Northern Navajo Superintendent, Annual Reports, 1927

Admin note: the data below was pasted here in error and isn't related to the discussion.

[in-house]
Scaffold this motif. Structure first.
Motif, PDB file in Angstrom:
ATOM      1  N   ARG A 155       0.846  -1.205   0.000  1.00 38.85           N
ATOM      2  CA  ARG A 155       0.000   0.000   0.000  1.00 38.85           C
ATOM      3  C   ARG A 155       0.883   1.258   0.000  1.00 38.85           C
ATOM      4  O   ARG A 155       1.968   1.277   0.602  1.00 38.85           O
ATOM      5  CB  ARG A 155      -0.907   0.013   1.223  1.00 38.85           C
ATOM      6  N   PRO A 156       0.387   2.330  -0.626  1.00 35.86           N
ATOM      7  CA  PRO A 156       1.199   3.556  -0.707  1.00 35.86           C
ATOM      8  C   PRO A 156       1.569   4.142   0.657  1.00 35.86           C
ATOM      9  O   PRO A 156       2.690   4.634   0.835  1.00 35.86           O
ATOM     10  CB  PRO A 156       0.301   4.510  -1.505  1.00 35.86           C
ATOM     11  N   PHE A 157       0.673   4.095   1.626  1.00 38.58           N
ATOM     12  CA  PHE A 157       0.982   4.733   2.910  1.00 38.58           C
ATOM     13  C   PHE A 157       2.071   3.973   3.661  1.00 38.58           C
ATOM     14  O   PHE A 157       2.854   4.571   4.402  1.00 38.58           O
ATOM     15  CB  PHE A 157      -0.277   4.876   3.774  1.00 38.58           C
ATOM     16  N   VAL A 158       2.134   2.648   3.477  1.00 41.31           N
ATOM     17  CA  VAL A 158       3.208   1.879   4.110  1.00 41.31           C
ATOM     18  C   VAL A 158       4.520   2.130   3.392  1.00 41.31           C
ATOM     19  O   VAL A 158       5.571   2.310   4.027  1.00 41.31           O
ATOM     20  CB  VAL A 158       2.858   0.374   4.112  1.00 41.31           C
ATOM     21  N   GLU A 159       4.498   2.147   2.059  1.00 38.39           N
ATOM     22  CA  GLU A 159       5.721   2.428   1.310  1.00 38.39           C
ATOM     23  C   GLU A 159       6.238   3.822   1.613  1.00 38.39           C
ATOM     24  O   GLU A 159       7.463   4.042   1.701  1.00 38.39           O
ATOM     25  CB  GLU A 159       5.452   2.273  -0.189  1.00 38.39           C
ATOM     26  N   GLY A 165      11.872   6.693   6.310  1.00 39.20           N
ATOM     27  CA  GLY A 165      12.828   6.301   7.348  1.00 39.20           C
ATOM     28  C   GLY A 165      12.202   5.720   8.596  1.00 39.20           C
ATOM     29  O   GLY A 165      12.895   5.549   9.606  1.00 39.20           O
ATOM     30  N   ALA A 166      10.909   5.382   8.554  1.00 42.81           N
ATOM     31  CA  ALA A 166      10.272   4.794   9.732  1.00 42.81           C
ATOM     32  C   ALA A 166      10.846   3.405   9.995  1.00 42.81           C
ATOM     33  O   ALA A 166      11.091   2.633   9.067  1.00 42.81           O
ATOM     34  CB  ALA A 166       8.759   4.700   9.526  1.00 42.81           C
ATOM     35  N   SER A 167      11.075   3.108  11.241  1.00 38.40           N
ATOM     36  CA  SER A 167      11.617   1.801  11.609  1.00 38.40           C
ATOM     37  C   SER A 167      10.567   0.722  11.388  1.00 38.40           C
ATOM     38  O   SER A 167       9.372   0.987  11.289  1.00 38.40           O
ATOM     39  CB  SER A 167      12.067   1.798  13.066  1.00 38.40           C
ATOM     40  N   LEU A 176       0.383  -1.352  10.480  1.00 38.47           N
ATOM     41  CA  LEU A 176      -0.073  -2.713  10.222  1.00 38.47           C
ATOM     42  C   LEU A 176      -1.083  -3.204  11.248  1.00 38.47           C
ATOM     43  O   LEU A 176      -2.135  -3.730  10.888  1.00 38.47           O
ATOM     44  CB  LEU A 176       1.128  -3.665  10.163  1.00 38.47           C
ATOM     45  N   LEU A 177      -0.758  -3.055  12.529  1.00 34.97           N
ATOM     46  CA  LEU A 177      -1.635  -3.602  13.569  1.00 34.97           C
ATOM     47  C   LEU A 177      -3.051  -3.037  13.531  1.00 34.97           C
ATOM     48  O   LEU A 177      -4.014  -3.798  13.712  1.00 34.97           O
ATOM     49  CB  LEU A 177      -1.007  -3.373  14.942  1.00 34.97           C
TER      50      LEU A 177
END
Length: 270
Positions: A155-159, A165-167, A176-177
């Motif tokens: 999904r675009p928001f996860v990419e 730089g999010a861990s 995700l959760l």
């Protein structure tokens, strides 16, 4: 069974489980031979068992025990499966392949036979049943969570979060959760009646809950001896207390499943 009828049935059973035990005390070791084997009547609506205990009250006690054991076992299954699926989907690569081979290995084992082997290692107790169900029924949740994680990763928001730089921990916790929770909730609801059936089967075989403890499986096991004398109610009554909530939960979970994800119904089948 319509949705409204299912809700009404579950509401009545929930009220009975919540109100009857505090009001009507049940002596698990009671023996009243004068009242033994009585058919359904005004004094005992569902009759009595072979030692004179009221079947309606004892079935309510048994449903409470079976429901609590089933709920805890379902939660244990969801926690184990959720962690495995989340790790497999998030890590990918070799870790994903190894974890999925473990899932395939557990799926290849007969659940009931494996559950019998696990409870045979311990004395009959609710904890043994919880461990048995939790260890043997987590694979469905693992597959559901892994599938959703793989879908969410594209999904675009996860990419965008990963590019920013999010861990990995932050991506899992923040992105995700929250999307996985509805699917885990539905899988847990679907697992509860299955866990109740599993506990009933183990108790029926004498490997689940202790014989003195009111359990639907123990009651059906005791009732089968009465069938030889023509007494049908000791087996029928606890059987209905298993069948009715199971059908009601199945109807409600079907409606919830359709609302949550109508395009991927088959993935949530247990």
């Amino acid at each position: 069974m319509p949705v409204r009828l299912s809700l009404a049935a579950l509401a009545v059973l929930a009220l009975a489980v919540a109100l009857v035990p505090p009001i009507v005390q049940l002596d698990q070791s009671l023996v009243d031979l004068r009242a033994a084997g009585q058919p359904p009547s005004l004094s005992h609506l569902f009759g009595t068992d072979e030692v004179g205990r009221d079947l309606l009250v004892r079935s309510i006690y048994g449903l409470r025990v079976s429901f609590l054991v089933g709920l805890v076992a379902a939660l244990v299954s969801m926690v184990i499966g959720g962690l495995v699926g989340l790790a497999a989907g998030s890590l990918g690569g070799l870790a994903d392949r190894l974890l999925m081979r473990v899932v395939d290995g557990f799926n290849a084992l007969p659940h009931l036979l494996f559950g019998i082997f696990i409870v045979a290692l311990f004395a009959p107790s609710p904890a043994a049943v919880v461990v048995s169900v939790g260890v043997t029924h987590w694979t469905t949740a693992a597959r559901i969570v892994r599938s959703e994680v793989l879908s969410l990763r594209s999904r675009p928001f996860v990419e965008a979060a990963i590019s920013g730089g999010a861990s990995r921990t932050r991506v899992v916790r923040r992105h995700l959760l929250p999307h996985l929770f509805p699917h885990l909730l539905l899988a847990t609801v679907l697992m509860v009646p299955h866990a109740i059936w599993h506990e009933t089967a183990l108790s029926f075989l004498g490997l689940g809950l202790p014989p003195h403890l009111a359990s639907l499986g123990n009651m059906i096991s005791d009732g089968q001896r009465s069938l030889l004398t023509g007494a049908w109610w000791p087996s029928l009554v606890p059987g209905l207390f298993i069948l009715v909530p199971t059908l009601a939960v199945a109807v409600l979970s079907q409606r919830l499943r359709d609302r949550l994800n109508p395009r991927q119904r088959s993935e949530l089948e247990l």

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Circular No. 2316 1927 Northem Nava jo Agency of course,$ 150 or$ 250 or even more is not at all unusual for a Two Grey Hills blanket, but$ 150 for a small outline blanket is something that does not happen every day. The jurisdiction is furnished with two district farmers and one stockman. The farmers are each furished with a Ford car and they are continually in the field. For the past twelve months, the largest single undertaking was the labor of finding pupils for the schools, Since my report of one year ago was written, every family of the jur isdiction has been visited by one or the other of these two men and every child that could be located has been placed in so hool. The same plan is being followed this year, but the results will fall far short of those of last year because of the lack of available children, The stockman also spends his entire time in the field with Indians inspecting their flocks and herds, advising, instructing, repairing vats, building rew vats, dipping sheep, etc. He also is equipped with a Ford car. The market facilities open to Indians of the jurisdiction are somewhat limited. On the Reservation there are fifteen licensed traders and one trader of Indian blood. It is my opinion that the dealings of these traders have been fair. In addition to these licensed traders, there are many traders just off the reservation to the north as well as to the east. The agency owns and operates a small sawmill located on the mountain above Toaal ena. Up to May 1, 250, 941 board feet were logged and 226, 533 board feet were sawed, considerable quantities of which were also dressed. This lumber is sold to Indians for cash or in ex change for labor. The possibilities of the present site are about ex hausted and the mill will be moved in the near future." At the request of the Indians, it is being operated with tribal funds. The reservation is pretty plentifully covered with ruins and old cliff dwellings concerning which I know very little. Representatives of the Peabody Institute may be found operating on the jurisdiction practically every summer. The Indians take no interest in these matters whatever. Two celebrations are held every fall, one in Gallup and one in Harmington. The Gallup Celebration interests very few of the Indians of the Northern Nava jo Jurisdiction. However, large numbers of them attend the celebration at Farmington, I am unable to see any advantage accruing to the Indians from either of these affairs. These Indians usually find plenty of employment locally. Large numbers are employed by the oil companies and on the Gallup- Shiprook Farmington Federal Aid Highway, which has been under construction throughout the year, the work on which is being prosecuted vigorously at the present time. Large numbers are employed by anchmen and tar mers north and east of the reservation and in the sawmills in south western Colorado. llany of them are employed at the Mesa Verde National - 22

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